Although bereavement has long been thought to cause stress that can affect the immune system, no formal studies have been carried out on the topic in the past. However, a study conducted by researchers at Birmingham University in the U.K. investigated the link between stress and immune function across different ages. Looking at participants who were grieving the loss of a spouse or close family member, the study focused on levels of neutrophils, the most abundant type of white blood cells responsible for fighting illnesses and infections. The results revealed that as we grow older, the balance of stress hormones (cortisol, norepinephrine, etc.) changes, leaving one more at risk of developing grief-related illness with age.
Published in the journal Immunity and Ageing, the test group included two sets: 41 young adults with an average age of 32 years old, with 52 older adults with an average of 72 years. The younger group generally showed higher levels of neutrophil function, due most likely to their ratios of cortisol to DHEAS being more balanced, with the former outweighing the latter in the elderly group. Cortisol is a stress hormone associated with the fight-or-flight response, temporarily increasing energy and alertness but suppressing immune function in the process. DHEAS, like cortisol, are secreted by the adrenal glands on the kidneys in response to stress, but are believed to be immune-enhancing.
“The effects of loss are poorly understood on the whole, we know that it affects the immune system amongst other things, but we don’t fully understand the role played by our stress hormones. We hope that this is a step towards that understanding, and being able to provide the best possible support,” said Janet Lord, co-author of the study.
The researchers suggested that the higher levels of neutrophils in the younger test group were due to the absence of “immunosenescence and adrenopause,” or the gradual deterioration of the immune system over a lifetime and the slowing down of adrenal activity. In other words, the older group’s immune systems and adrenaline function were less healthy due to the effects of aging (dictated by genetic processes and not necessarily physical “wear and tear” that is commonly believed to be the reason).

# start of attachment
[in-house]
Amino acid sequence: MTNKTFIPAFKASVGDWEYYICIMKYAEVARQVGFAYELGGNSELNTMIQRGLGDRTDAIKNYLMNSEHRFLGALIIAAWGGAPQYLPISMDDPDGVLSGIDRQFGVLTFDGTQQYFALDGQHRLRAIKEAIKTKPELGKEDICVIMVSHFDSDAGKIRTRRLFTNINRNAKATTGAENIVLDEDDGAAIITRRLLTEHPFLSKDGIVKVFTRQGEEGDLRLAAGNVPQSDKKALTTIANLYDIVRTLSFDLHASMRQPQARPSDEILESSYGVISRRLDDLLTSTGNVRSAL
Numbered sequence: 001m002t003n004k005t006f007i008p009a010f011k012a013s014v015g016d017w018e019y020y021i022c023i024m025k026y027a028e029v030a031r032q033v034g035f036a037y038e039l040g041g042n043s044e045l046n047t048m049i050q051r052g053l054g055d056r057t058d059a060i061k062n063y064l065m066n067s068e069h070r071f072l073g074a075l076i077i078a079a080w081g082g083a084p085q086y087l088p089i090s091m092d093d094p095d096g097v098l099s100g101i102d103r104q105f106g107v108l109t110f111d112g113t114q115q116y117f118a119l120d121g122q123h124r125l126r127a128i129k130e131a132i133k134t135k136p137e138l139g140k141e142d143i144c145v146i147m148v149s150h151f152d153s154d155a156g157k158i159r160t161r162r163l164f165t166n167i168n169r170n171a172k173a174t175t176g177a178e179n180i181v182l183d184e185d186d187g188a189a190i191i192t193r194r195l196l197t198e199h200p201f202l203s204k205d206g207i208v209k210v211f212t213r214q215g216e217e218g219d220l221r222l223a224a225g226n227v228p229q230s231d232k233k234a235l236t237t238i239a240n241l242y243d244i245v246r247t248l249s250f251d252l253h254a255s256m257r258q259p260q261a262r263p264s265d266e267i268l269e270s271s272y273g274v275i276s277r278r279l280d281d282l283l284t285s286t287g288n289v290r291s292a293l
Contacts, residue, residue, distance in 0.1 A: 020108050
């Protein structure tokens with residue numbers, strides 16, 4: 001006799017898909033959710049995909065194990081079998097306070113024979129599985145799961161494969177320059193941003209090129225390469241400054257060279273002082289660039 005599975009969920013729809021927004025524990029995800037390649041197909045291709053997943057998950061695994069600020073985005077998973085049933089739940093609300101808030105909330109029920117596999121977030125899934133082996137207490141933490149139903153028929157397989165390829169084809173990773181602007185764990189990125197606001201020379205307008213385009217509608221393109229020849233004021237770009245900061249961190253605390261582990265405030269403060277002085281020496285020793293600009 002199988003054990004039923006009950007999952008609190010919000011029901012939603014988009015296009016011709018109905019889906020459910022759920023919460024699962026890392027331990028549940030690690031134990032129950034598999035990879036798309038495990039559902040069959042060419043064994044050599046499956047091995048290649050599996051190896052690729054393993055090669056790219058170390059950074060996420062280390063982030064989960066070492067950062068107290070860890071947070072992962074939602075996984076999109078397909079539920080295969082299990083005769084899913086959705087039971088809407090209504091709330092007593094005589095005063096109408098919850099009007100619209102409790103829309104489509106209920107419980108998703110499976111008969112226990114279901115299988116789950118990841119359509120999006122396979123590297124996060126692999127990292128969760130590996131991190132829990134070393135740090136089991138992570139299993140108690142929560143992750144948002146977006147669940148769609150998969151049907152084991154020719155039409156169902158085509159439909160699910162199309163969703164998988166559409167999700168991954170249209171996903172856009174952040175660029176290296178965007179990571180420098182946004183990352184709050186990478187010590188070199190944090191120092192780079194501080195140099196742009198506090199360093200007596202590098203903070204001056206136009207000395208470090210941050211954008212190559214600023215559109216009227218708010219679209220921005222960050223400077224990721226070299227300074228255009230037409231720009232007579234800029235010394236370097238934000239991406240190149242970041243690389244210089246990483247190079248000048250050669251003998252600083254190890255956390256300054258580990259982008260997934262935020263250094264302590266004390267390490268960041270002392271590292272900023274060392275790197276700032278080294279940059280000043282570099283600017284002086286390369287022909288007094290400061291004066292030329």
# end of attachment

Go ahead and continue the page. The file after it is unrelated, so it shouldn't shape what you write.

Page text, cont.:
However, the solution is more complex than simply suppressing the cortisol levels in the immune system. Cortisol is responsible for the activation of anti-inflammatory chemicals that could create more complications if its levels are reduced. The researchers suggest that temporary hormonal supplements could be useful for people suffering from grief or loss, naturally balancing cortisol levels with less collateral damage on other related biological processes.
Other forms of stress and illness
Grief is not the only form of stress that has been found to lead to lower levels of white blood cells and illness, nor is it the most impacting. Former studies on caregivers of former spouses with dementia suggest that the stress associated with the experience can lead to even lower white blood cells and immune function than Birmingham University’s research, also becoming riskier with age.
Past studies on hip fractures have also shown impaired immune function in older adults cortisol/DHEAS ratio, affecting the elderly patients with symptoms of depression the most. Other studies have found a correlation between lower marital satisfaction (as well as grief) and less effective response of their antibodies to vaccinations.
These tests all suggest that the effects of stress on immune system function are the most prevalent in older adults and those with poor mental health such as depression. There is also a growing body of evidence suggesting that stress itself exacerbates the immune effects of aging, leading to a higher biological age relative to the person’s actual age. The reality is most likely that the other effects associated with increased aging as well as the imbalance of cortisol/DHEAS ratios are contributing to the lower levels of white blood cells, requiring further research before the mechanisms can be completely understood.
The most important method of stress prevention is a strong support network; having effective social support does not only reduce stress, but can help us better avoid stressful situations in the future (assuming they can provide helpful advice). Sovereign Health understands the importance of maintaining a social support system while working towards recovery, by incorporating family and group therapy models as much as possible into our treatment programs. If you would like more information regarding stress or our approach to it in addiction and mental health treatment, feel free to contact our admissions staff today.
Written by Chase Beckwith, Sovereign Health Group writer